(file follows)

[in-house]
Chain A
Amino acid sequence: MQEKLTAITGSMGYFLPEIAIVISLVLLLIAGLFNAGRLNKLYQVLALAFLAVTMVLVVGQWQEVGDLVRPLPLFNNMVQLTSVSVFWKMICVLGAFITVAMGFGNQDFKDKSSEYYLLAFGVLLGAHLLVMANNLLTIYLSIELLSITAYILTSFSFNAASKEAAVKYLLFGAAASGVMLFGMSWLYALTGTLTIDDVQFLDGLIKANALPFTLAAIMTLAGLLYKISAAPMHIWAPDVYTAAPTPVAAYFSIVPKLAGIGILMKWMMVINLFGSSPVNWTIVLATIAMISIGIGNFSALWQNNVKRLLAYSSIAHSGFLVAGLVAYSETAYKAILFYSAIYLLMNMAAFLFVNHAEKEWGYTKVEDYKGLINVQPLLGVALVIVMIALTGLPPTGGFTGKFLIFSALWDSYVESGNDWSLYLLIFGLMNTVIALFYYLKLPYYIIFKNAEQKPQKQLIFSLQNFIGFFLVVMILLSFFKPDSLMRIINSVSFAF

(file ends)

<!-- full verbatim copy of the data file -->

[in-house]
Chain A
Amino acid sequence: MQEKLTAITGSMGYFLPEIAIVISLVLLLIAGLFNAGRLNKLYQVLALAFLAVTMVLVVGQWQEVGDLVRPLPLFNNMVQLTSVSVFWKMICVLGAFITVAMGFGNQDFKDKSSEYYLLAFGVLLGAHLLVMANNLLTIYLSIELLSITAYILTSFSFNAASKEAAVKYLLFGAAASGVMLFGMSWLYALTGTLTIDDVQFLDGLIKANALPFTLAAIMTLAGLLYKISAAPMHIWAPDVYTAAPTPVAAYFSIVPKLAGIGILMKWMMVINLFGSSPVNWTIVLATIAMISIGIGNFSALWQNNVKRLLAYSSIAHSGFLVAGLVAYSETAYKAILFYSAIYLLMNMAAFLFVNHAEKEWGYTKVEDYKGLINVQPLLGVALVIVMIALTGLPPTGGFTGKFLIFSALWDSYVESGNDWSLYLLIFGLMNTVIALFYYLKLPYYIIFKNAEQKPQKQLIFSLQNFIGFFLVVMILLSFFKPDSLMRIINSVSFAF